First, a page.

A St Petersburg court has ruled that a Greenpeace activist being held in Russia on charges of hooliganism could be remanded in custody in the country until at least February. Twenty-nine fellow campaigners are expected to receive similar fates in the coming days.
The Australian man, Colin Russell, was one of the 30 protestors arrested back in October after attempting to board the Prirazlomnaya oil rig in the Pechora Sea. The men and women from all over the world – including six Britons – were protesting against drilling for oil in the Arctic when their ship was seized.
Russell stood before the court on Monday morning and was told that his application for bail or house arrest had been refused, and that he could face detainment until February 24 to allow investigations to continue.
Before being addressed by the judge, he said, “I haven’t done anything wrong. I don’t understand the reasons why I’ve been detained. I’ve done two months hard time for nothing. I’ve done nothing wrong.”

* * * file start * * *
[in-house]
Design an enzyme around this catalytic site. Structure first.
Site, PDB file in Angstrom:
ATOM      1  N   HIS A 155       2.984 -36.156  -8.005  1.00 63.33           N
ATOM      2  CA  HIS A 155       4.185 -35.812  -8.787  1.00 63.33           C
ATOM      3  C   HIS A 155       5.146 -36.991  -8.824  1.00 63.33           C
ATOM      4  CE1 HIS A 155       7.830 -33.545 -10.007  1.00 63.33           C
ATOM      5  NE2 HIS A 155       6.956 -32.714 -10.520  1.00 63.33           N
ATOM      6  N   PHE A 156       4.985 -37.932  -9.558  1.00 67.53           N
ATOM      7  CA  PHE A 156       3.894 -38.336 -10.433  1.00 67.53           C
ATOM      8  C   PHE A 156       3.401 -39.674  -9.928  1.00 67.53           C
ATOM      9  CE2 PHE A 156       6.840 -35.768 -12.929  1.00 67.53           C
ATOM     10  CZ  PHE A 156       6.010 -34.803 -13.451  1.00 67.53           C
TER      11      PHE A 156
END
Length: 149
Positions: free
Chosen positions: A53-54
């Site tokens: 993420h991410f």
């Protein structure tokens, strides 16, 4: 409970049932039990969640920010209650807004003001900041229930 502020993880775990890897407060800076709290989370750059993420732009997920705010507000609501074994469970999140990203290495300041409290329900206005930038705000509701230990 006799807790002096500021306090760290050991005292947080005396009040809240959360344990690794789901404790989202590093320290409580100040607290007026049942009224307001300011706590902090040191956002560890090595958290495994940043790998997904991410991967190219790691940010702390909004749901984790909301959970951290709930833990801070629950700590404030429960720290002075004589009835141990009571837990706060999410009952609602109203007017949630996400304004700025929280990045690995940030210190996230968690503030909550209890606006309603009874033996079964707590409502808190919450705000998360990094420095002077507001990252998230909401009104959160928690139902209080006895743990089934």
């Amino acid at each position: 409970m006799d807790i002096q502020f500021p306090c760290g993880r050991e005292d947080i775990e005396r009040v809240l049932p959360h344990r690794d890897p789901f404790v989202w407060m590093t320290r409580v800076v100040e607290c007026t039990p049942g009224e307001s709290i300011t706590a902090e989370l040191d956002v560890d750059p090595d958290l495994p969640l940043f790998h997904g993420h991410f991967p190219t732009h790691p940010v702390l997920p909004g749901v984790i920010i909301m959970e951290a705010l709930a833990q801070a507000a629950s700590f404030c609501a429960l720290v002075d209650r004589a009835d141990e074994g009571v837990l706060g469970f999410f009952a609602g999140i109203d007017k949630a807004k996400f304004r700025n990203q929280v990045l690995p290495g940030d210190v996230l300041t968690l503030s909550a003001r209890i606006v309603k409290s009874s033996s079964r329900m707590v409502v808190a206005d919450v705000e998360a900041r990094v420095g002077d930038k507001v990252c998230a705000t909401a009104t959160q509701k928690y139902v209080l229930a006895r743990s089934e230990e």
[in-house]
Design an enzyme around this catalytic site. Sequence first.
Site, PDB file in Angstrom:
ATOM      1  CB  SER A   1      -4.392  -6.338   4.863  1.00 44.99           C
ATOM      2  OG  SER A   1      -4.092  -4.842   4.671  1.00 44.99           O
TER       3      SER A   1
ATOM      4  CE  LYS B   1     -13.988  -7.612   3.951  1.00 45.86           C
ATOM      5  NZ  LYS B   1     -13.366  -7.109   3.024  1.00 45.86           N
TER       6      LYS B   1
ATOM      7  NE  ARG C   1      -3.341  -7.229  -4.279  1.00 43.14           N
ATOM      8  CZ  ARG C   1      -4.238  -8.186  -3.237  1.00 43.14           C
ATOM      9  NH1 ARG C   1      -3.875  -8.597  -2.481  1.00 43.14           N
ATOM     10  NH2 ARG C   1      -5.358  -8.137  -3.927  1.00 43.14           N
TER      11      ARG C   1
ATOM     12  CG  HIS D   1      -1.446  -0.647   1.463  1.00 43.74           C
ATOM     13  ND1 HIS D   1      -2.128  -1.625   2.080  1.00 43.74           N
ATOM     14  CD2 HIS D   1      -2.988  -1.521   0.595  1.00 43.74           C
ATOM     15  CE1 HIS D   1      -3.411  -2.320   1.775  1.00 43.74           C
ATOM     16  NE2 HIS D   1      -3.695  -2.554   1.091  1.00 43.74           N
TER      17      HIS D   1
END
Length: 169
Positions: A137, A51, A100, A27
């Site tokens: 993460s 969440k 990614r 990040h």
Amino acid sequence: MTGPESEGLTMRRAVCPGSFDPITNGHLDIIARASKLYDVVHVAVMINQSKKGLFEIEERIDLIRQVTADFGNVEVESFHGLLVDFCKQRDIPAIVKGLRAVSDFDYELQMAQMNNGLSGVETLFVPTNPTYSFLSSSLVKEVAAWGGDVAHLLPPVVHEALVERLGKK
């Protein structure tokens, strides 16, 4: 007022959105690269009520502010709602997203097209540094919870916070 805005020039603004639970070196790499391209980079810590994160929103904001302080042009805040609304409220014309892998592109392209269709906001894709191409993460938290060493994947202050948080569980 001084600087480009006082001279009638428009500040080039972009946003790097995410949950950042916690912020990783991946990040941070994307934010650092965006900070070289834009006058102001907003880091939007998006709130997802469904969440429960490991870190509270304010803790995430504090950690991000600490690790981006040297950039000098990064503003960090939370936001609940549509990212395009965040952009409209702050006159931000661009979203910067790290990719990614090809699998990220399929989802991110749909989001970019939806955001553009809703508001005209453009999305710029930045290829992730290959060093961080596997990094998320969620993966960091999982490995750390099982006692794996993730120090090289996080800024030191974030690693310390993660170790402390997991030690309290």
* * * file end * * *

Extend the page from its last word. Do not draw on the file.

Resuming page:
Reacting to the news, Greenpeace International executive director Kumi Naidoo said, “The authorities say they need three months more to investigate an imaginary offence over which they have no jurisdiction.
“We will continue to pursue every legal avenue we can, and leave no stone unturned, until each and every one of them is home with their families. We hope the International Tribunal for the Law of the Sea will order their release when they adjudicate on Friday.”
The ‘Arctic 30’, as they have become known, were arrested by a Russian coastguard on September 18. They were initially charged with piracy, which carries a maximum sentence of 15 years, but this charge was subsequently varied to hooliganism.
More of the detainees are to appear before the Russian court over the coming days.